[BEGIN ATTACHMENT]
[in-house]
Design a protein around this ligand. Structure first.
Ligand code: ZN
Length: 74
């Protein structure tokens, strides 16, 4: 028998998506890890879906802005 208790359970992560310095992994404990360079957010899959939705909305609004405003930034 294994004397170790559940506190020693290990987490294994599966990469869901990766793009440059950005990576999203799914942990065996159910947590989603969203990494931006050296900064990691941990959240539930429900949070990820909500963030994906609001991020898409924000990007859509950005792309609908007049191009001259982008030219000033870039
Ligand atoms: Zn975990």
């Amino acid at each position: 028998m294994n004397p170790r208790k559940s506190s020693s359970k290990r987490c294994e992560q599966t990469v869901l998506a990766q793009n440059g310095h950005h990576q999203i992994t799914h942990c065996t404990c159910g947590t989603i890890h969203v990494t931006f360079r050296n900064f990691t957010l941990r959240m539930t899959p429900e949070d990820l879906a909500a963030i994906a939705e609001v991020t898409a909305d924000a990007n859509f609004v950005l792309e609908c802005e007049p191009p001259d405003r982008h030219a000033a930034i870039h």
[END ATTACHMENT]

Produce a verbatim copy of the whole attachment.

[in-house]
Design a protein around this ligand. Structure first.
Ligand code: ZN
Length: 74
């Protein structure tokens, strides 16, 4: 028998998506890890879906802005 208790359970992560310095992994404990360079957010899959939705909305609004405003930034 294994004397170790559940506190020693290990987490294994599966990469869901990766793009440059950005990576999203799914942990065996159910947590989603969203990494931006050296900064990691941990959240539930429900949070990820909500963030994906609001991020898409924000990007859509950005792309609908007049191009001259982008030219000033870039
Ligand atoms: Zn975990």
């Amino acid at each position: 028998m294994n004397p170790r208790k559940s506190s020693s359970k290990r987490c294994e992560q599966t990469v869901l998506a990766q793009n440059g310095h950005h990576q999203i992994t799914h942990c065996t404990c159910g947590t989603i890890h969203v990494t931006f360079r050296n900064f990691t957010l941990r959240m539930t899959p429900e949070d990820l879906a909500a963030i994906a939705e609001v991020t898409a909305d924000a990007n859509f609004v950005l792309e609908c802005e007049p191009p001259d405003r982008h030219a000033a930034i870039h």